As recounted, he was forced to shake hands from the elbow as he didn't dare rasie his arms for a full saluation; the tailor had not sewn the seems under the arms!

I am sure my friends will be very pleased with their result.  It has been lovely to see them and to share a few of the sights and sounds of Singapore.  It is very easy when one lives in a country for a period to time to adopt a jaundiced view.   So re-living the 'joy of the new' through someone else's eyes is a reminder as to just how vibrant the Orchard Road thoroughfare is.

A very fine bottle of New Zealand wine was also gifted to us and I intend to sample when the time is right.
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Today's Print

Tanglin Leaf...........................Roger Smith  May, 2010
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Thursday, 6 May 2010

Aircon Blues

With uncanny timing, the air conditioning at work has failed and the welcome respite after a 20 minute wait at the bus stop each morning is sadly missing

This would not be hugely problematic in more temperate latitudes but in the middle of hot spell in Singapore it is most unpleasant.

At least at home we have fans to move the breeze about; a mechanised version of the punka wallah.  Here in the office we are without even this creature comfort.  I am beginning to realise why most offices in Singapore provide a shower cubicle.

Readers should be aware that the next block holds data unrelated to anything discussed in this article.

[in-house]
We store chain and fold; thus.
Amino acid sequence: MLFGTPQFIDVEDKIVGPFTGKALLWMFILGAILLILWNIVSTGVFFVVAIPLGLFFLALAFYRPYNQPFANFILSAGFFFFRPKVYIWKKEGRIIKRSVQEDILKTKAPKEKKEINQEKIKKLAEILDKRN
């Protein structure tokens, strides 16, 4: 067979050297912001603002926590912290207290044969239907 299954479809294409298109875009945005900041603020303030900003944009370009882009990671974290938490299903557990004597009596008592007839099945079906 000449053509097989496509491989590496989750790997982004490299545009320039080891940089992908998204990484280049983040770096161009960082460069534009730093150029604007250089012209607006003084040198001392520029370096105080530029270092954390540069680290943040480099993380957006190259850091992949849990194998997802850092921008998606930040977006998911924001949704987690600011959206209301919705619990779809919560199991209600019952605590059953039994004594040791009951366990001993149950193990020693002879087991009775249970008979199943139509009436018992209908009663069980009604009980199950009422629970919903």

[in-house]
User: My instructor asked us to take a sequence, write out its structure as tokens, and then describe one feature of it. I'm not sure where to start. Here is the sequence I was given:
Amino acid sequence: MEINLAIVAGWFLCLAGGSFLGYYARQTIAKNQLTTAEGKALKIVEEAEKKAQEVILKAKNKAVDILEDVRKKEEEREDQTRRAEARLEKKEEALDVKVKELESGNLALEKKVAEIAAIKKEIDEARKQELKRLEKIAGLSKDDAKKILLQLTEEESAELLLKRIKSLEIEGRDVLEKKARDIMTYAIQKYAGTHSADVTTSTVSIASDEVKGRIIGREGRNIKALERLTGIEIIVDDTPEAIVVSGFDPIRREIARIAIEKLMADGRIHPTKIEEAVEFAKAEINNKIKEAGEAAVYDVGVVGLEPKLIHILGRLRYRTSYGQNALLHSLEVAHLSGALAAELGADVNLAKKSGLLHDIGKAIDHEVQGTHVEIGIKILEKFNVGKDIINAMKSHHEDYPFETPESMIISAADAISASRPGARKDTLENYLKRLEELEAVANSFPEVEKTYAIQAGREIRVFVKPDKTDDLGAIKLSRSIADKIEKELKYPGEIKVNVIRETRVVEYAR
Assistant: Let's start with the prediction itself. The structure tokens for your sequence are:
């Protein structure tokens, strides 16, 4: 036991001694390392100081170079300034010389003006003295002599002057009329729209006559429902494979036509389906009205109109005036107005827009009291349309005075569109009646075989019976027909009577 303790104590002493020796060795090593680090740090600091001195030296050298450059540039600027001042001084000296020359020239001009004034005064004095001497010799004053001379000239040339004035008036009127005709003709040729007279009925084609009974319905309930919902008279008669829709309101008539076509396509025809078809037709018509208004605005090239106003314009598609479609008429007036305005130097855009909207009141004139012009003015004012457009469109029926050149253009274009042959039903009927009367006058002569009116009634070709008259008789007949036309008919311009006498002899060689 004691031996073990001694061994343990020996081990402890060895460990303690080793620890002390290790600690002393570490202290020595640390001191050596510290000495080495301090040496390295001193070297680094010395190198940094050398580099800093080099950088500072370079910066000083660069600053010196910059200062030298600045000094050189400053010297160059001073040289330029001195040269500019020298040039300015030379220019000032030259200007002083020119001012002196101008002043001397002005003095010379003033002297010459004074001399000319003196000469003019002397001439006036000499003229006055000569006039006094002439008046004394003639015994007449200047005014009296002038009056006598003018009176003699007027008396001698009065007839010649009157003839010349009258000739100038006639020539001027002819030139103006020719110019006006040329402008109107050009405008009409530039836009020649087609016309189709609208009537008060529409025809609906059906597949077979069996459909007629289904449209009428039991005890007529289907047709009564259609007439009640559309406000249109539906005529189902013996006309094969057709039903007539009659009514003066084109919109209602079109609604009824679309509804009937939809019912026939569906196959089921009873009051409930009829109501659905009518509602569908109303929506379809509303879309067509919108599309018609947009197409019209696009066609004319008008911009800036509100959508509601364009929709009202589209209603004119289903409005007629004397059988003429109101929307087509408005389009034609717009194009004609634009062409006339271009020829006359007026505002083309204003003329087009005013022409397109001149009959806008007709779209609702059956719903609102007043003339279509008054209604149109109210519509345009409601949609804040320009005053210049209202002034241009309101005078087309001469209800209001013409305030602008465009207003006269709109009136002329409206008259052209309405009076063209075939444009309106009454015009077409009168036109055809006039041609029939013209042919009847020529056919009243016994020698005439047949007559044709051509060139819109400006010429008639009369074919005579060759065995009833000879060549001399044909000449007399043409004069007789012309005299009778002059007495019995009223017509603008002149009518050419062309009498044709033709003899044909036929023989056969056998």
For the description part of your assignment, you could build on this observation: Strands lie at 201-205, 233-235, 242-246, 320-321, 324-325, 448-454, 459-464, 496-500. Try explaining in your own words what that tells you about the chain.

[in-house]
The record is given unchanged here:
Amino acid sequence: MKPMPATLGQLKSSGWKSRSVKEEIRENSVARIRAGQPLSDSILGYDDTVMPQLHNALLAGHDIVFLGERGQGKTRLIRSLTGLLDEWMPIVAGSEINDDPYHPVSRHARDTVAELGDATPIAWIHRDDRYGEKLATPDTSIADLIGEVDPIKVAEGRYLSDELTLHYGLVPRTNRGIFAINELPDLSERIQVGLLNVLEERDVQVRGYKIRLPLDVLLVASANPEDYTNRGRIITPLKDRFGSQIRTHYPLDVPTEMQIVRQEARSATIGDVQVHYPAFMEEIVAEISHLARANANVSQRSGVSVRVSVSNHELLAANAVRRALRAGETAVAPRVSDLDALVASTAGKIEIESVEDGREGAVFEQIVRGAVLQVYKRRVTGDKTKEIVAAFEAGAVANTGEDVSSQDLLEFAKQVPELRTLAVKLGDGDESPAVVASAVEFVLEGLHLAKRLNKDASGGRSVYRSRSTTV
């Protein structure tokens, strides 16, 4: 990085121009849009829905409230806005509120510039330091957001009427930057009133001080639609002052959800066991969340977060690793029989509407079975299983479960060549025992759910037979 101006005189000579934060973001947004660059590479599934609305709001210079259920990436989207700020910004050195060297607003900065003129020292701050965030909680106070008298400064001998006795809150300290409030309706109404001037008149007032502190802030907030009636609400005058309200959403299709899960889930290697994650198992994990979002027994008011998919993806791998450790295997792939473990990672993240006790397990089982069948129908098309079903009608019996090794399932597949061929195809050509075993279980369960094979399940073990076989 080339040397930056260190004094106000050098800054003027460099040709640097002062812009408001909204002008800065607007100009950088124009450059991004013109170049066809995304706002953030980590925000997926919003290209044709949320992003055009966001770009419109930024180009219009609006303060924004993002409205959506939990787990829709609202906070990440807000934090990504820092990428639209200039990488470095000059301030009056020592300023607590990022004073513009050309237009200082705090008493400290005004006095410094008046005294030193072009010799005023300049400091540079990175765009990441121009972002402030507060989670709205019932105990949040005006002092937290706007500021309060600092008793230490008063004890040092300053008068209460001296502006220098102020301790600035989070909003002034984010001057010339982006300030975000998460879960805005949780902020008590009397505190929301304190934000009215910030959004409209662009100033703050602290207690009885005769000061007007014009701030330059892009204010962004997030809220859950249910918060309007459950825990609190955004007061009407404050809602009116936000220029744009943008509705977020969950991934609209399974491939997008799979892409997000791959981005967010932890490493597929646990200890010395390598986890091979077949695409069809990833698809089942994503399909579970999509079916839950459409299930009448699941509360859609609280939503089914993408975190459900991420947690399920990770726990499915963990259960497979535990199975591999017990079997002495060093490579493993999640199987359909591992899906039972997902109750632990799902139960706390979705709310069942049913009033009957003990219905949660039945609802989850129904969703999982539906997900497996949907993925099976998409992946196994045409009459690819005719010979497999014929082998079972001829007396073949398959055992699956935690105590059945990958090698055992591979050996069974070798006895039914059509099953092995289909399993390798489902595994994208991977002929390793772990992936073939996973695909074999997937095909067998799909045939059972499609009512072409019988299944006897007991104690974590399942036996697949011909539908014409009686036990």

Not that opening the windows brings any respite as the air is very still and the humidity around 100%.  An open window simply bring a cacophony of traffic noise from Orchard Road.

Not everyone is enamoured about air conditioning and there are some fairly extreme theories attached to it.

One guru states that "one of the things that can affect your cholesterol levels as well as your blood pressure levels is having to go in and out of an environment that has air conditioning."  Based on his prognosis my blood pressure this morning should be climbing rapidly.  It is, but not for the reason he states - I simply hate being hot and sticky.

At least the bus this morning was in full working order so I managed to cool down en route.  I shall miss my short trip to and from work when I leave Singapore.  It has been an opportunity to observe my fellow passengers as they slumber.

Oct.In true Sherlock Holmes fashion I play a little game of trying to ascertain what lifestyle they lead.  Not that I have been very successful in the art of deduction.

Just today I discovered that one of my fellow passengers whom I thought to be simply reserved was in fact profoundly deaf.  I observed her delight as she recognised a friend with a similar affliction and they spent their journey signing to each other.